Sita Dulip has missed her flight. But instead of listening to garbled announcements, she has found a method of bypassing the horrors of the airport. This method—changing planes—enables Sita to visit fifteen societies not found on Earth. She will encounter cultures where the babble of children fades over time into the silence of adults; where whole towns exist solely for holiday shopping; where personalities are ruled by rage; where genetic experiments produce less than desirable results...
“A fantastical travel guide, reminiscent of Gulliver’s Travels, in which the narrator visits fifteen planes and describes the people, language, and customs with the eye of an anthropologist and the humor of a satirist.”—USA Today
|Publisher:||Penguin Publishing Group|
|Product dimensions:||4.20(w) x 6.70(h) x 0.70(d)|
|Age Range:||18 Years|
About the Author
Date of Birth:October 21, 1929
Place of Birth:Berkeley, California
Education:B.A., Radcliffe College; M.A., Columbia University, 1952
Read an Excerpt
SITA DULIP'S METHOD
THE RANGE OF THE AIRPLANE-a few thousand miles, the other side of the world, coconut palms, glaciers, the poles, the Poles, a lama, a llama, etc.-is pitifully limited compared to the vast extent and variety of experience provided, to those who know how to use it, by the airport.
Airplanes are cramped, jammed, hectic, noisy, germy, alarming, and boring, and they serve unusually nasty food at utterly unreasonable intervals. Airports, though larger, share the crowding, vile air, noise, and relentless tension, while their food is often even nastier, consisting entirely of fried lumps of something; and the places one has to eat it in are suicidally depressing. On the airplane, everyone is locked into a seat with a belt and can move only during very short periods when they are allowed to stand in line waiting to empty their bladders until, just before they reach the toilet cubicle, a nagging loudspeaker harries them back to belted immobility. In the airport, luggage-laden people rush hither and yon through endless corridors, like souls to each of whom the devil has furnished a different, inaccurate map of the escape route from hell. These rushing people are watched by people who sit in plastic seats bolted to the floor and who might just as well be bolted to the seats. So far, then, the airport and the airplane are equal, in the way that the bottom of one septic tank is equal, all in all, to the bottom of the next septic tank.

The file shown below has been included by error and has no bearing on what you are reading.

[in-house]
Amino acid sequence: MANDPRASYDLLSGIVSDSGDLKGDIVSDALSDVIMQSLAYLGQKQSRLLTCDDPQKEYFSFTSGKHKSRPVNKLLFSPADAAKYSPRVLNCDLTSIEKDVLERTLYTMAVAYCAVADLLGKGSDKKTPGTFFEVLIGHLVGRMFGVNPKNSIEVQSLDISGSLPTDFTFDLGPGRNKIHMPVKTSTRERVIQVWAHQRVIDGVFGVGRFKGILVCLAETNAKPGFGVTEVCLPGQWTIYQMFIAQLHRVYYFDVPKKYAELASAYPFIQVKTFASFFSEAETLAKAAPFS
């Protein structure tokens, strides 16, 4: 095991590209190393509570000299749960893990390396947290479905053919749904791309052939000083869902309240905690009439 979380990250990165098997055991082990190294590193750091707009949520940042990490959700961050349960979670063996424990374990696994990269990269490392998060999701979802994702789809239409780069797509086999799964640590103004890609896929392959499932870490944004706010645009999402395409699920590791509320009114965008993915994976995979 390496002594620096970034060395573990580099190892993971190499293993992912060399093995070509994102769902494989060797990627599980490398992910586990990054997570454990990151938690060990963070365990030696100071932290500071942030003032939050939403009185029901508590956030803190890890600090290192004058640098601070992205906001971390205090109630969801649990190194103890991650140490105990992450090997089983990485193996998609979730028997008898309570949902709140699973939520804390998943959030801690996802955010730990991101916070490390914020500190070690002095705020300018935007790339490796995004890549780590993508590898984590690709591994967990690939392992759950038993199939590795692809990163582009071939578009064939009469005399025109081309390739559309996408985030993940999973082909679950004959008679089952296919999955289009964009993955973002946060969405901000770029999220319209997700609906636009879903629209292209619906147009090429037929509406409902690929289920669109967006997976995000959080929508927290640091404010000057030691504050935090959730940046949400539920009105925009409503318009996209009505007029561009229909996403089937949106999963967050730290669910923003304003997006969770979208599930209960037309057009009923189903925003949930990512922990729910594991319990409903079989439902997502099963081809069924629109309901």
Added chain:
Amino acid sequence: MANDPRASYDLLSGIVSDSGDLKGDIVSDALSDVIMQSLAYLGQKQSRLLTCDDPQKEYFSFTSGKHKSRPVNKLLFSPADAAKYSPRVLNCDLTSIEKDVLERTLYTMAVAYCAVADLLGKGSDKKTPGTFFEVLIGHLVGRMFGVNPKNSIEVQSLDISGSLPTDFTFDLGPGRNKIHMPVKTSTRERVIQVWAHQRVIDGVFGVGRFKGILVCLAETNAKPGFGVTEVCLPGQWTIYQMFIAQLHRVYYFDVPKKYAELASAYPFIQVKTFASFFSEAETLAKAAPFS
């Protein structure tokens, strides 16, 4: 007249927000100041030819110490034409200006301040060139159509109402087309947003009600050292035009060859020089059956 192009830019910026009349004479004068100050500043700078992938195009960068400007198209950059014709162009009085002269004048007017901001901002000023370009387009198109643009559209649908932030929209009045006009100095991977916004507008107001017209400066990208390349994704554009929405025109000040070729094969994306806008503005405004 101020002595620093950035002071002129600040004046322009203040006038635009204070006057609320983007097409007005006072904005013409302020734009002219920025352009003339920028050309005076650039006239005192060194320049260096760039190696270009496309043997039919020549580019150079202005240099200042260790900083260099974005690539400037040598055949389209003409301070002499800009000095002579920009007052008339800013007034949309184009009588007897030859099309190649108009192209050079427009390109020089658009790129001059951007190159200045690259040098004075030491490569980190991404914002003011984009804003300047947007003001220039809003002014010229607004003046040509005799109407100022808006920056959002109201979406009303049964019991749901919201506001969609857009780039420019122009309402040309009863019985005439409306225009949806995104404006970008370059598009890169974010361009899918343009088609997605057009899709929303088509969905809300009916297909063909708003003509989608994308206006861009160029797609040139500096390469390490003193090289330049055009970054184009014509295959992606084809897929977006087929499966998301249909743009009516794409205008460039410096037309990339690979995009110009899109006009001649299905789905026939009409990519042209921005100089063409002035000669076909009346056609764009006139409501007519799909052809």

If both you and your plane are on time, the airport is merely a diffuse, short, miserable prelude to the intense, long, miserable plane trip. But what if there's five hours between your arrival and your connecting flight, or your plane is late arriving and you've missed your connection, or the connecting flight is late, or the staff of another airline are striking for a wage-benefit package and the government has not yet ordered out the National Guard to control this threat to international capitalism so your airline staff is trying to handle twice as many people as usual, or there are tornadoes or thunderstorms or blizzards or little important bits of the plane missing or any of the thousand other reasons (never under any circumstances the fault of the airlines, and rarely explained at the time) why those who go places on airplanes sit and sit and sit and sit in airports, not going anywhere?
In this, probably its true aspect, the airport is not a prelude to travel, not a place of transition: it is a stop. A blockage. A constipation. The airport is where you can't go anywhere else. A nonplace in which time does not pass and there is no hope of any meaningful existence. A terminus: the end. The airport offers nothing to any human being except access to the interval between planes.
It was Sita Dulip of Cincinnati who first realised this, and so discovered the interplanar technique most of us now use.